Sunday, April 25, 2010

Does anyone read reviews anymore?

Here's a great article about the state of reviewing I ran across in Publishers Weekly.  I've been reading a lot of reviews online lately, and this bit really resonated with me.

"When I read a scathing, thinly veiled ad hominem attack, or a prolonged act of self-aggrandizing cleverness at another's expense, or a condemnation of a single book for the bigger tendency--or tradition--that it would seem to represent, I tend to think negative reviews are ultimately embarrassing and ruinous for everyone, no matter how exciting they may be to read or gossip about.  But when a reviewer manages to point out a book's shortcomings even-handedly, with care and dignity, and with an eye to raising the bar a little higher for readers and for writers, too--that's another story.  I'd love to see more reviews like that."

Timothy Donnelly quoted in
Craig Teicher's "What Poetry Reviews Are For (and Up Against)"
in Publisher's Weekly March 29, 2010

Rain Taxi got mentioned, too, which was kind of thrilling.

The article as a whole is about whether book reviewing--specificially poetry book reviewing--matters in today's culture.  Be sure to check out the full article for several different perspectives on the issue. 

What do you think?  Do you read reviews?  What do you look for in them?  Do you write them?  What would make you want to read professional reviews?  Are there any reviewers or sites you really trust for consistently high quality reviews?

Tuesday, April 13, 2010

Calling all Terry Tempest Williams fans

Wow.  Finding Beauty in a Broken World is exciting to read.  I'm captivated by the unusual formatting, the careful structure/form, and the fascinating content.  I admit a bias toward mosaic, mixed-genre, creatively-formatted forms, but I think this book would draw most any serious reader into its meticulously and seemingly-effortlessly crafted world of beauty and disaster.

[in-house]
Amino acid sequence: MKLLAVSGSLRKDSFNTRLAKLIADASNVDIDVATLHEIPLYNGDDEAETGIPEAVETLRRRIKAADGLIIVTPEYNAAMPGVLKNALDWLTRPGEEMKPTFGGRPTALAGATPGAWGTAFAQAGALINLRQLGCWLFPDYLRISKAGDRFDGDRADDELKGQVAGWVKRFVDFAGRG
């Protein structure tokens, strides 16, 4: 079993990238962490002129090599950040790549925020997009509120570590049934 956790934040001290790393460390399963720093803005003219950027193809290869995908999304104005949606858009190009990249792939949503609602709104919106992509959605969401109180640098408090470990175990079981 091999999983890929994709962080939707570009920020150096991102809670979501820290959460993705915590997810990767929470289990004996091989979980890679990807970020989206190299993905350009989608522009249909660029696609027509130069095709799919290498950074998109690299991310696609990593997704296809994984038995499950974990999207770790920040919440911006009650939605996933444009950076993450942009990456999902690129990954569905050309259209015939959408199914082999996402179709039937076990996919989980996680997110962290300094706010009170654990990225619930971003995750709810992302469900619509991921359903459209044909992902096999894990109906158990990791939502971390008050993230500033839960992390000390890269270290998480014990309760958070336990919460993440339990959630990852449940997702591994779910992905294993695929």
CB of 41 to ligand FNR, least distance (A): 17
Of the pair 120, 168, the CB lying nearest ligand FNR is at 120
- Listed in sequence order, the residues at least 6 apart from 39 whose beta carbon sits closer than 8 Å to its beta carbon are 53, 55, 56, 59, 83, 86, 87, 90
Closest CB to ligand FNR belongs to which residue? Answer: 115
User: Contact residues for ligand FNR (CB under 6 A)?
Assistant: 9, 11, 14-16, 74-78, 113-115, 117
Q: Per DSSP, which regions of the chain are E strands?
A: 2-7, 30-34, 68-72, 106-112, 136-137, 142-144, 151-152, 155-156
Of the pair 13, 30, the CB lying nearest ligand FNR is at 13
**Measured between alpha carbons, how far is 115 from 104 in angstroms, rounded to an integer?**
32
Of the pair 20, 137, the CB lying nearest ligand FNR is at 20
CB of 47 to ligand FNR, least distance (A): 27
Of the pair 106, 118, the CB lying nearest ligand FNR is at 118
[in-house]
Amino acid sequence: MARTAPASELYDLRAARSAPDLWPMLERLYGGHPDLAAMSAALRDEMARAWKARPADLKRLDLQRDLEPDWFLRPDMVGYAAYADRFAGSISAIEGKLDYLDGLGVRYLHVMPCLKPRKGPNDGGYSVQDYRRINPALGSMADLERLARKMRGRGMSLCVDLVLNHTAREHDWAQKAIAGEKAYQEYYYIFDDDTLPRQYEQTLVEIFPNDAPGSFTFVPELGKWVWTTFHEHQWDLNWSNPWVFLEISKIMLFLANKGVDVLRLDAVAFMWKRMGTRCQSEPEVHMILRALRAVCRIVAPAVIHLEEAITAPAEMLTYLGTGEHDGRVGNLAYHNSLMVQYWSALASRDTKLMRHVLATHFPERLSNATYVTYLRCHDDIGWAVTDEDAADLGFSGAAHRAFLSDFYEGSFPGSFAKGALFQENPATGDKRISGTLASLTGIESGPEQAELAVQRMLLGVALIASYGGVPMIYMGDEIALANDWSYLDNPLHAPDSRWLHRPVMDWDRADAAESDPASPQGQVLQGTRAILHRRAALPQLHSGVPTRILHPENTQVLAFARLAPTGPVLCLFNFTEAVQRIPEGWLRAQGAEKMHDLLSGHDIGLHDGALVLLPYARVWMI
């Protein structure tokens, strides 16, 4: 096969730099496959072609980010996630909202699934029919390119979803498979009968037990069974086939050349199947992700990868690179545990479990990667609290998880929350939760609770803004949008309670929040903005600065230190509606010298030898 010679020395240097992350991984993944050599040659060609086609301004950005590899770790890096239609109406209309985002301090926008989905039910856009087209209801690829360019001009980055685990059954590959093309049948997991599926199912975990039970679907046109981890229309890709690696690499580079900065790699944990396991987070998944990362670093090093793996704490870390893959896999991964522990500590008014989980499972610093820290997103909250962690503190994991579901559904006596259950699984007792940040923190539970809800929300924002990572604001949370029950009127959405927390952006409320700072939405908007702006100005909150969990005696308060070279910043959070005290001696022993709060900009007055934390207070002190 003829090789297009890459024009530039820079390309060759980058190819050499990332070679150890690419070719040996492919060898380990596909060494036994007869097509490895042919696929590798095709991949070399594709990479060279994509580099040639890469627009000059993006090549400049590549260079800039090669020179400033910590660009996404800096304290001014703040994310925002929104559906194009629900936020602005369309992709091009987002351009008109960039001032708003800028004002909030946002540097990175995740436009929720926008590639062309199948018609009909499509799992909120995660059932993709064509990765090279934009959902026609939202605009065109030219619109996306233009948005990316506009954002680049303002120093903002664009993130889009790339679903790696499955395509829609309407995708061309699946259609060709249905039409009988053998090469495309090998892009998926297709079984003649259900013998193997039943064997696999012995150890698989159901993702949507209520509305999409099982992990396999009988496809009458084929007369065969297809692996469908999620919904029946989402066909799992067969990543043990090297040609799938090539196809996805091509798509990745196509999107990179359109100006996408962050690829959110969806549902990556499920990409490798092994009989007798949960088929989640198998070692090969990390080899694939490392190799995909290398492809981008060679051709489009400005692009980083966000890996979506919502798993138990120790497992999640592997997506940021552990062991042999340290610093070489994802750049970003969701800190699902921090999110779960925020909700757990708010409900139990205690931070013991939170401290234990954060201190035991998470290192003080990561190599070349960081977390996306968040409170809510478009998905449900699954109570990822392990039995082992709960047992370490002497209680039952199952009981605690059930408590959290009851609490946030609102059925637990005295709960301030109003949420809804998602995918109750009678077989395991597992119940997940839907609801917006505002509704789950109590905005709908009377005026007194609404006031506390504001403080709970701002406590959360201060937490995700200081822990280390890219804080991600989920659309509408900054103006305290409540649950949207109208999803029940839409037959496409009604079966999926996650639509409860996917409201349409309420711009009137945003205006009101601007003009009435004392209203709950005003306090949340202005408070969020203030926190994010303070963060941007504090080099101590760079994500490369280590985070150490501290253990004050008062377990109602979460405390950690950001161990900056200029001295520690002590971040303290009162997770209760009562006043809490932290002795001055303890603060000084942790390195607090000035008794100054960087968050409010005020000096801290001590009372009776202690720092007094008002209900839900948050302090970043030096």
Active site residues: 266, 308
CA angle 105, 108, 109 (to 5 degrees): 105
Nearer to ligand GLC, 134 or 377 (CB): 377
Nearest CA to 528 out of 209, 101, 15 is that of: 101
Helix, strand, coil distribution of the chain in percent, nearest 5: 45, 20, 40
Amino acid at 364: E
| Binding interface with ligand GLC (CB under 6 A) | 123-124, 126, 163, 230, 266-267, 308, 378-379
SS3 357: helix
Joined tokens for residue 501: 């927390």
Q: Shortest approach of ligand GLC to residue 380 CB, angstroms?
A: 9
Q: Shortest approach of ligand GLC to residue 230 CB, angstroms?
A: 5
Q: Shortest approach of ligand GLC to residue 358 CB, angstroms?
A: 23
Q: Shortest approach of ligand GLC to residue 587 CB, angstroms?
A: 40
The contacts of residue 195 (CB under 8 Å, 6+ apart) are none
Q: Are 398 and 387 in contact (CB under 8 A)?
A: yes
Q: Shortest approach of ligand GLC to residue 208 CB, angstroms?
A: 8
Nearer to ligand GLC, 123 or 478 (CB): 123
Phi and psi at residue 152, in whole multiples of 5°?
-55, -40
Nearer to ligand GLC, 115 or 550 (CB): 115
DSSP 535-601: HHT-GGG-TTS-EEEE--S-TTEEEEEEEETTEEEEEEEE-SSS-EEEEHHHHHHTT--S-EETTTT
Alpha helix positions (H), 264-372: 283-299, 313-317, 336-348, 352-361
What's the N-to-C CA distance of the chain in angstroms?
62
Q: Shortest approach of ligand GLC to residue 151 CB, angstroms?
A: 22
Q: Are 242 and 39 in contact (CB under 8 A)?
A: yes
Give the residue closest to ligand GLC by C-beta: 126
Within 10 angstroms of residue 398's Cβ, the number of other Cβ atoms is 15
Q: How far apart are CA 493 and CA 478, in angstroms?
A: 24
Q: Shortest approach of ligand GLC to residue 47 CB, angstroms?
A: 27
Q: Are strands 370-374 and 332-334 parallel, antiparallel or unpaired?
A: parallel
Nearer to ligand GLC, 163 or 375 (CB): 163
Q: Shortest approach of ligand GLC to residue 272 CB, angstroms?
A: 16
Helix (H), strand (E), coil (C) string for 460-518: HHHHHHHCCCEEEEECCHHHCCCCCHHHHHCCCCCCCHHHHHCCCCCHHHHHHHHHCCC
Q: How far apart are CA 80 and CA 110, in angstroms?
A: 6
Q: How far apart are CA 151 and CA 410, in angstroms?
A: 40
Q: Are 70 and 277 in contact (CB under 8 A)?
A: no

I've read a couple of Williams' essays, too, and I'm wondering if you have a favorite you could recommend.  Which of her books do you love most?  Which articles?  Which essays?  If you have any suggestions to share in this week before she comes to visit Hamline (someone pinch me), please do. 

And don't forget all of her events on campus; this is a rare chance.  :)

No WHH this Tuesday (20th)

There will be no WHH on Tuesday, April 20, so I can enjoy Terry Tempest Williams' Mahle Lecture at 7:30 in the Hamline United Methodist Church (HUMC).  If you've never been to HUMC, it's really lovely with lots of intricate stained glass that has its own particular character as the light changes and fades to night.  It will be a great place for Williams to talk about mosaics and her newest book Finding Beauty in a Broken World.

Tuesday, April 6, 2010

Alumni Poetry Book Club: April 27

The Hamline GLS Alumni are hosting a Poetry Book Club on the last Tuesday of each month from 7:30-9pm at Jean Larson's house. On April 27, we will discuss The Voice of Robert Desnos: Selected Poems.

This is an incentive for graduates interested in poetry to read a whole book of poems, to come up with questions/insights/what works what doesn't/ favorite moments, and discuss them with alumni. You can sit back, engage, read part, read all. Come monthly, come sometimes. Flexible and low key--unless someone decides to raise a ruckus!--you know how poetry can affect some of us.

Please email Jean at for more information.

MALS Forum: April 24

MALS Forum
Saturday, April 24
1:00 PM 
Sorin Hall Rooms A & B

In a new tradition GLS is starting this year, selected students graduating from the Master of Arts in Liberal Studies (MALS) program will be presenting their final capstone/synthesis project at the MALS Forum on Saturday afternoon, April 24.   The event starts at 1:00 pm and will be held in Sorin Hall rooms A & B.

Similar to the Grad Readings for our MFA students, the MALS Forum gives us an opportunity to hear some of the projects that our MALS students have researched and written for their capstone work.  Please RSVP to Kelly Krebs if you think you'll be joining us.